Last night while a neighbor was sitting on the back porch with me, a hummingbird zoomed in unexpectedly. That means I don't have a feeder out yet. But because there was a bauble hanging with a red stone, we assumed that had attracted the bird. A few minutes later, a second zooming occurred and then I realized the bright orange tee I was wearing might be the attraction. Judi remarked that she hoped a hummingbird wouldn't land on my shelf looking for nectar. When a rainbow formed and I leaned over the railing to see it, a third hummingbird flew in within a foot and hovered at menacingly close range to my orange top.

The moral of the story? If you're not prepared to host hummingbirds up close and personal, don't wear certain bright colors.

Sunday, June 05, 2005

GM vs Microsoft

I just read and copied this from a blog named Archive. Unfortunately, I do not know the author's name.


GM vs. Bill Gates

For all of us who feel only the deepest love and affection for the way computers have enhanced our lives, read on.

At a recent computer expo (COMDEX), Bill Gates reportedly compared the computer industry with the auto industry and stated, "If GM had kept up with technology like the computer industry has, we would all be driving $25.00 cars that got 1,000 miles to the gallon."

In response to Bill's comments, General Motors issued a press release stating:

If GM had developed technology like Microsoft, we would all be driving cars with the following characteristics (and I just love this part):

1. For no reason whatsoever, your car would crash twice a day.

2. Every time they repainted the lines in the road, you would have to buy a new car.

3. Occasionally your car would die on the freeway for no reason. You would have to pull to the side of the road, close all of the windows, shut off the car, restart it, and reopen the windows before you could continue. For some reason you would simply accept this.

4. Occasionally, executing a maneuver such as a left turn would cause your car to shut down and refuse to restart, in which case you would have to reinstall the engine.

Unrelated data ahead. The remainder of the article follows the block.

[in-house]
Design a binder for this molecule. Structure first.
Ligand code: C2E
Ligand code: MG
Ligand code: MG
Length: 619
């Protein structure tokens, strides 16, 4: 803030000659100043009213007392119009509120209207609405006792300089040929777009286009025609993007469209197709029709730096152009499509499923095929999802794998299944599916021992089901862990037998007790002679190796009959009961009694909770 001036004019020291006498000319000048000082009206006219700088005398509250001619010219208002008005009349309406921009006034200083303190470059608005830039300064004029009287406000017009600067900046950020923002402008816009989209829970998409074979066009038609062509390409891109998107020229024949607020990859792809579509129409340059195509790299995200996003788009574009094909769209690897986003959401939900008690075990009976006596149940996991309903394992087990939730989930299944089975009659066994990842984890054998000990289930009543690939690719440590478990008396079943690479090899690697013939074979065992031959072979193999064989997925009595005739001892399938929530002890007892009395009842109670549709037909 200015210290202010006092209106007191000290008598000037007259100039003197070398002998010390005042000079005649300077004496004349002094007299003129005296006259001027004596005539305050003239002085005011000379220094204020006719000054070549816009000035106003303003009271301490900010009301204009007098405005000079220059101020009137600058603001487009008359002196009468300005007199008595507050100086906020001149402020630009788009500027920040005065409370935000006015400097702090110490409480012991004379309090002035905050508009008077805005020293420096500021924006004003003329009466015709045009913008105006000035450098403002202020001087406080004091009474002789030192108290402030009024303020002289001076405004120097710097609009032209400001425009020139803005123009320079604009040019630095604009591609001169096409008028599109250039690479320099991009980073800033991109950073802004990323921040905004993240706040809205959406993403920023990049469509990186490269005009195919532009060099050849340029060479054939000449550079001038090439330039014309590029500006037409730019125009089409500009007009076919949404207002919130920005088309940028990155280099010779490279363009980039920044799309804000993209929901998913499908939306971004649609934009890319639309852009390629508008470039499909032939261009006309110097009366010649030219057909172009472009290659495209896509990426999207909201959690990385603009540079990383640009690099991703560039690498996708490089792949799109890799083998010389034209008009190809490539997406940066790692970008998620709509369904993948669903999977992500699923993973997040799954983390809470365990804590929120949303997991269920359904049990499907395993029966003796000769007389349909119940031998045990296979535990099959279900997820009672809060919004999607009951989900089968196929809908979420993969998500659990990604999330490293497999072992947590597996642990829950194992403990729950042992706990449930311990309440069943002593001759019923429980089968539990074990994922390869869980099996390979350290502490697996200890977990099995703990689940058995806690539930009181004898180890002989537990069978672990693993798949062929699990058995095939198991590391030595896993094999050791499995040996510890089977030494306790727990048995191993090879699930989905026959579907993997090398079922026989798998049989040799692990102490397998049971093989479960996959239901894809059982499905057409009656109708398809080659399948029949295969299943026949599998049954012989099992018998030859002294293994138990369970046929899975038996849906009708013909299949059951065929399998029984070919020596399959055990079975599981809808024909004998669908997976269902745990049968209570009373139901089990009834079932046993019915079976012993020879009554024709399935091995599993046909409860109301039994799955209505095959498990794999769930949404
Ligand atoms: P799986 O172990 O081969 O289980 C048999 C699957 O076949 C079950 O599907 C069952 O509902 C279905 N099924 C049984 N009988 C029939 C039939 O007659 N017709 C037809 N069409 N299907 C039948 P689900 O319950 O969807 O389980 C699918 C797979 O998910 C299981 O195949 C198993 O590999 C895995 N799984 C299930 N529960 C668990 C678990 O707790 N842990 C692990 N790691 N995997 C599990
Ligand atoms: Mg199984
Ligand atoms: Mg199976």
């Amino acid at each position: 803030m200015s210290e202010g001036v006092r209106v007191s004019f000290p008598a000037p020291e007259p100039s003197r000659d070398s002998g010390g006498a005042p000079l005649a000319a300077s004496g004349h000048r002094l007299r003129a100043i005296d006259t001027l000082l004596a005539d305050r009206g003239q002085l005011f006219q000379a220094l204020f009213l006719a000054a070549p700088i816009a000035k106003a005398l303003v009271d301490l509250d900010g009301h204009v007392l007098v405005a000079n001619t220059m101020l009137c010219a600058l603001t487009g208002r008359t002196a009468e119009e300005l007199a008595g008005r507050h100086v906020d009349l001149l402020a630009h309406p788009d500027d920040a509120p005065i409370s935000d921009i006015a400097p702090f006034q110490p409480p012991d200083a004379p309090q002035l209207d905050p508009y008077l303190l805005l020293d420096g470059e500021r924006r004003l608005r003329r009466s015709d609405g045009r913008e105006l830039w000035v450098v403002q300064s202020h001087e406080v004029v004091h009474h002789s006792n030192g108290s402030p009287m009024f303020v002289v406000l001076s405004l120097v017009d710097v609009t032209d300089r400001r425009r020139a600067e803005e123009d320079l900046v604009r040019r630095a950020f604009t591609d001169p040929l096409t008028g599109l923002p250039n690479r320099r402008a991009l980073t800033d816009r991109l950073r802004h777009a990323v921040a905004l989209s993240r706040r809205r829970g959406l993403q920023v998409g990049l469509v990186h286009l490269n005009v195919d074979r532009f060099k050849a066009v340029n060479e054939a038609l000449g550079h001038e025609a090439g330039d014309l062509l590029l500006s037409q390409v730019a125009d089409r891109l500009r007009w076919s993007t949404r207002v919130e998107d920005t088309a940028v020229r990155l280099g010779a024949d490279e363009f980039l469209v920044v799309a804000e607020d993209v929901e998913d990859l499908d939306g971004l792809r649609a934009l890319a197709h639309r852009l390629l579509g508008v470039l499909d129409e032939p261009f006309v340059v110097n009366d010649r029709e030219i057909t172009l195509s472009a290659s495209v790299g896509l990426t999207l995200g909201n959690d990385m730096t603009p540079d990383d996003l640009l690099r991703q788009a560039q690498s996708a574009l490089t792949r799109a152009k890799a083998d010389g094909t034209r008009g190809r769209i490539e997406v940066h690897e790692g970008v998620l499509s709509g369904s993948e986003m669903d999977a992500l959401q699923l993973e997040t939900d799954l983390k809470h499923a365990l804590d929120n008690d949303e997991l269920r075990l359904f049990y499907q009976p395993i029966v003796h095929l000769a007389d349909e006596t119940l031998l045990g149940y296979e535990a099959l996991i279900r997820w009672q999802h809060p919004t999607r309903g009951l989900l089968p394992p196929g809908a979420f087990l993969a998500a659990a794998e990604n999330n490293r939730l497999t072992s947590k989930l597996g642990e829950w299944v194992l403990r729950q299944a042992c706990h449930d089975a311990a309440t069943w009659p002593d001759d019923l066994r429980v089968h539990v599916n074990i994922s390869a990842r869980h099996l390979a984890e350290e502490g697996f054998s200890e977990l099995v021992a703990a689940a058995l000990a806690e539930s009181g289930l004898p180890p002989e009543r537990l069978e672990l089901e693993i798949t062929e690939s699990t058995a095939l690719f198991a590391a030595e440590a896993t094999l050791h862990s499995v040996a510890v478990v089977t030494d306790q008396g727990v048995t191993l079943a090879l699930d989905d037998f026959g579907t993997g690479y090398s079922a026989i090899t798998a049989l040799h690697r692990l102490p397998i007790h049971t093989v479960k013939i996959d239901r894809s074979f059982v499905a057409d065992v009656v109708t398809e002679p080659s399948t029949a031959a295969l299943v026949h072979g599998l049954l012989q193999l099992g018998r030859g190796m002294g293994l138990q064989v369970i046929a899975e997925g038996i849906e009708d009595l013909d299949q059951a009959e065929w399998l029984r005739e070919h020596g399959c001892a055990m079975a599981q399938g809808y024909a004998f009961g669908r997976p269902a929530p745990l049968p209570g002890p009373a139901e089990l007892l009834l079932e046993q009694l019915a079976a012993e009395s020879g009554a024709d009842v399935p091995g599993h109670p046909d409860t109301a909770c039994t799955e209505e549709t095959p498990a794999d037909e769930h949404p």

5. Macintosh would make a car that was powered by the sun, was reliable, five times as fast and twice as easy to drive - but would run on only five percent of the roads.

6. The oil, water temperature, and alternator warning lights would all be replaced by a single "This Car Has Performed an Illegal Operation" warning light.

7. The airbag system would ask "Are you sure?" before deploying.

8. Occasionally, for no reason whatsoever, your car would lock you out and refuse to let you in until you simultaneously lifted the door handle, turned the key and grabbed hold of the radio antenna.

9. Every time a new car was introduced car buyers would have to learn how to drive all over again because none of the controls would operate in the same manner as the old car.

10. You'd have to press the "Start" button to turn the engine off.

- posted by cries havoc @ 7:49 PM


This is a very interesting blog. Read some of the other entries.

Break Down

I thought that title would get you. It may be a little misleading. What I mean is---today I broke down and did what common sense has been telling me for some time. I went to Wal-Mart and used one of the electronic carts to move around the store. It meant swallowing a considerable amount of pride but it was either that or I would have no crossword puzzles to work on tonight. And as any crossword puzzle addict would tell you, no sacrifice is too great when it comes to replenishing your supply. Now I hope I won't become addicted to riding electronic carts..........